Wetlands Violation Found at Indian Cove

On September 4, Marion Conservation Commission Chairman Jeff Doubrava joined the Mattapoisett Conservation Agent Elizabeth Leidhold at the site of the former Aucoot Cove Marina, now known as Indian Cove.

Ruth Nicolaci, a resident of the waterfront neighborhood, had contacted Marion’s ConCom with concerns over the widening of a footpath leading to the water’s edge. The officials, upon their site visit, also found a boardwalk and floating platform that had been constructed over and in marshlands without permits. Doubrava contacted Leidhold after he determined that the majority of the area in question was, in fact, located in Mattapoisett.

During the September 10 meeting of the Mattapoisett Conversation Commission, Leidhold presented photographic evidence of the offending structure that included a wooden walkway leading to a floating dock and a wide footpath.

Mattapoisett Conservation Commission Chairman Mike King said, “This is not in compliance and is a hazard.” He said that a storm could easily dislodge the wooden structures, sending them sailing through the air or floating further into the sensitive marshlands.

King asked Leidhold to send a letter to the Indian Cove Association asking them to appear before the Mattapoisett ConCom to discuss removal of the unpermitted structure and damage to the marshlands from the expansion of the footpath and to file a Notice of Intent.

In other business, Alan Ewing of Ewing Associates, along with attorney Peter Paul, representing John and Roger Gibbons, returned to the commission with a new plan for record for the paving of Foster Street, a section of which the applicants own.

Ewing presented plans for the replacement of an inadequate stormwater drainage system under the roadway and the placement of rubberized speed bumps.

King said he had visited the site concluding, “I saw nothing that would give me concern in doing my job,” as he continued to support the filing.

During previous meetings, King stated that blacktopping the historically gravel roadway would aid in protecting wetlands in the area versus harming them as several homeowners had suggested.

Ray Silveira, 4 Oakland Street, an abutter to Foster Street, said that the Gibbonses had, over many years, conducted unpermitted widening of the roadway, filling in some areas, and using materials on the roadway that were inferior. “How are they getting away with filling in wetlands? Everything is swept under the rug.”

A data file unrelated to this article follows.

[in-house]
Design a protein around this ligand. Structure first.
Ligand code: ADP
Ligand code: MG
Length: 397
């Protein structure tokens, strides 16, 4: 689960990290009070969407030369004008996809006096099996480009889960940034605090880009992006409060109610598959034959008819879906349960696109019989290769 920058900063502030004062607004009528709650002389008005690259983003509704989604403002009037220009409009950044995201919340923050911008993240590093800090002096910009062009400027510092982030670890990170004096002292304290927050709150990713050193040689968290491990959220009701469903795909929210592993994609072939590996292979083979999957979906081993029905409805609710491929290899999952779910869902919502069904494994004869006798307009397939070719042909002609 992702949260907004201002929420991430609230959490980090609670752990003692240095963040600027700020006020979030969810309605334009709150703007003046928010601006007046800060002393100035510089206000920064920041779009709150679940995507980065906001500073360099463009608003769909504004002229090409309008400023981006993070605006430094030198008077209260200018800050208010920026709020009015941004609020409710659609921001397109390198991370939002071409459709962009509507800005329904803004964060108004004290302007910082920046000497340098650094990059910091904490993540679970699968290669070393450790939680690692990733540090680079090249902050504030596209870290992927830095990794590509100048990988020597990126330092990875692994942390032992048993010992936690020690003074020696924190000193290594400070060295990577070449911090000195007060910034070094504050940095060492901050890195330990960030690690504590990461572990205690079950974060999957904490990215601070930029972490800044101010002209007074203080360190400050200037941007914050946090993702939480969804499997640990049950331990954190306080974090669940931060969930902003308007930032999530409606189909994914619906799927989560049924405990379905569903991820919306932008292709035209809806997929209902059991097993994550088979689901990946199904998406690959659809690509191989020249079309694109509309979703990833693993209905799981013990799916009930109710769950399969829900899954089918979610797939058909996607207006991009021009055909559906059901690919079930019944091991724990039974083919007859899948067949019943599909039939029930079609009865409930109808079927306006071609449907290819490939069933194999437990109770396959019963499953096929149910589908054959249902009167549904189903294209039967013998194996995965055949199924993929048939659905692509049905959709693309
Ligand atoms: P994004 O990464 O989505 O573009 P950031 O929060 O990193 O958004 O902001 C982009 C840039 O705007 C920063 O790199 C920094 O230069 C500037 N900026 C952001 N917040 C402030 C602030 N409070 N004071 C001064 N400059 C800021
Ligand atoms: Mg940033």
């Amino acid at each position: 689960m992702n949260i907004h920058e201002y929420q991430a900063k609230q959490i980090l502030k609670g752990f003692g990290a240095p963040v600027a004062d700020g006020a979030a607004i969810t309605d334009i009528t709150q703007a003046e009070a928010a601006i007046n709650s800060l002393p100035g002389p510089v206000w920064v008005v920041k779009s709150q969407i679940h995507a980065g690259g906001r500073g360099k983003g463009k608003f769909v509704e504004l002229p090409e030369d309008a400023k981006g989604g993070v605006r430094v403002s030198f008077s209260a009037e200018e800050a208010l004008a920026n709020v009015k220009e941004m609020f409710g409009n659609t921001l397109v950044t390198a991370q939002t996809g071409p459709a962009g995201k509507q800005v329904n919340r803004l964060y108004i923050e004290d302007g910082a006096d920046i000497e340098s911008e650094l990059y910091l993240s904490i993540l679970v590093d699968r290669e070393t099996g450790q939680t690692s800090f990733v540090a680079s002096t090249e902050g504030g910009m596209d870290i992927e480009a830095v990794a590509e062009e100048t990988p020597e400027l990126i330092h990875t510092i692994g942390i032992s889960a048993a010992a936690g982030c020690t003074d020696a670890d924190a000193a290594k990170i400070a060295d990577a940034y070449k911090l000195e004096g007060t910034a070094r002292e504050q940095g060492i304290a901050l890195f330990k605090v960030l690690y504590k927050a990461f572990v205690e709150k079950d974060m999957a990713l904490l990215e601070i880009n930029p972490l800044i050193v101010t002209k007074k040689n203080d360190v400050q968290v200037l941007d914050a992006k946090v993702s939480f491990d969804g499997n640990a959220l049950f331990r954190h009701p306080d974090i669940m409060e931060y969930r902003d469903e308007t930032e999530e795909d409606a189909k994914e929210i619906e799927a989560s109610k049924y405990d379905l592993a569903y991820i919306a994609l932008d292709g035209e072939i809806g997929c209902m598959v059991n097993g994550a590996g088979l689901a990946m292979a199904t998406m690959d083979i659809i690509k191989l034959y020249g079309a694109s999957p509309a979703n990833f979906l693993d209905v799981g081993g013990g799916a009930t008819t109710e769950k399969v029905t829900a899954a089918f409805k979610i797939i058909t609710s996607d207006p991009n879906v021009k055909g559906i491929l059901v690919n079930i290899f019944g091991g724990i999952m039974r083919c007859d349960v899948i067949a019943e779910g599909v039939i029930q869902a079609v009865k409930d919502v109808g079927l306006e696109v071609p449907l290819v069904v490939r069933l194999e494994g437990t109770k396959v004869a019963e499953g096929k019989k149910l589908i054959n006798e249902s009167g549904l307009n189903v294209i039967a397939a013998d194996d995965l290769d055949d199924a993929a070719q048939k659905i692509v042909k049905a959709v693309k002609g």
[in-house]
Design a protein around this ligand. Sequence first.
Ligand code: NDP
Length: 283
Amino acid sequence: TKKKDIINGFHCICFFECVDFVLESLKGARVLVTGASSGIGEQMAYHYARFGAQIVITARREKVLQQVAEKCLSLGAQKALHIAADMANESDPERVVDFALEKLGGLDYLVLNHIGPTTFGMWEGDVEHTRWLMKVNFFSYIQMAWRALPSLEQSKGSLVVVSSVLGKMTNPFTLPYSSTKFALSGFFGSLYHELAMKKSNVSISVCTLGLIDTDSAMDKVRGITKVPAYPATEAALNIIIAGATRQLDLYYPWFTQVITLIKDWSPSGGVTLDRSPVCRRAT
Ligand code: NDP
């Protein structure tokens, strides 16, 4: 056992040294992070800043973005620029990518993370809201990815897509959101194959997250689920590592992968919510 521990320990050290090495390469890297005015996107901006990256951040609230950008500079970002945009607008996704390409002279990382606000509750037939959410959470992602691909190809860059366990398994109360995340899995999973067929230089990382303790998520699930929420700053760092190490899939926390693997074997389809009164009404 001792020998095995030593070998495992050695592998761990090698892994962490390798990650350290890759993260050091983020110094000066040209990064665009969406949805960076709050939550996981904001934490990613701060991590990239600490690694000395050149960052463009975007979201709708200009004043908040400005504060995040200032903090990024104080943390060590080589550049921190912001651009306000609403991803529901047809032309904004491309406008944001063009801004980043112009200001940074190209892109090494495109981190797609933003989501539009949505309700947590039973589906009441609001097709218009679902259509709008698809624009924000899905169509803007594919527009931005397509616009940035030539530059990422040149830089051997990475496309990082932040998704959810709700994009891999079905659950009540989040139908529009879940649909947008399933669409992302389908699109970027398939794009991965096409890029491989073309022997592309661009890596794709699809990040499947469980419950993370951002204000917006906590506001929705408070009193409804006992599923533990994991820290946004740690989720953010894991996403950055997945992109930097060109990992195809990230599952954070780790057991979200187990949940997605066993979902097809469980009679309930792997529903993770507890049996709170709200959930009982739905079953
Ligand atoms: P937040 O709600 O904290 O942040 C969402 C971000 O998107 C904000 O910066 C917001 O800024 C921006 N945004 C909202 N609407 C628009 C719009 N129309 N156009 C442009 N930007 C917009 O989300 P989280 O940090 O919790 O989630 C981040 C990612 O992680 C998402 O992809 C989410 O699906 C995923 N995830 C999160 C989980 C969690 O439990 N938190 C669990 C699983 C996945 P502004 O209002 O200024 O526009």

Leidhold asked if anyone had ever contacted the conservation office. Silveira said not until this summer.

“It’s in everyone’s best interest for improvement to the drainage system,” said King, going on to say that changes north of Foster Street – changes along Route 6, including the development of the Bay Club and commercial businesses, had all impacted stormwater flow along Foster Street.

The commission conditioned the Notice of Intent filing that included Leidhold performing an on-site review of the drainage system before and after new pipes are installed.

After the hearing closed, abutter Laura McLean lamented of the hearing: “We waited too long.”

Also during the meeting, Elizabeth Inglis’ Request for Determination of Applicability filing for the construction of a new entranceway for property located at 104 Aucoot Road received a Negative 3 determination allowing the project to move forward with notice to the conservation office before commencing.

A Notice of Intent filing by Chase Canopy, 117 Fairhaven Road, for the construction of a new 8,000 square-foot storage building was continued until September 24. While the commissioners did not have any questions or concerns when informally polled regarding their acceptance of the project, a pending review by the Massachusetts Natural Heritage & Endangered Species Program (NHESP) required the application to be continued.

Robert Field of Field Engineering representing the applicant asked if the commission would send written confirmation to the Zoning Board of Appeals that, barring any negative review by the NHESP, the commission would condition the project, thus allowing it to continue forward in the permitting process. The site includes a residential structure that Field said would have to be subdivided from the commercial-use parcels. The commission agreed to that request.

Leidhold had requested that the applicant be required to hire a peer review consultant, given the wetlands surrounding the site. However, King told the commission, “Bob is hired by the town as a consultant. It’s a little disingenuous [to ask for a peer review consultant] since the town hires him.” The rest of the commission agreed with King.

The commission agreed to cancel the October 8 meeting of the Conservation Commission due to the Columbus Day Holiday. The next meeting of the Mattapoisett Conservation Commission will be held on September 24 at 6:30 pm in the town hall conference room.

Mattapoisett Conservation Commission

By Marilou Newell


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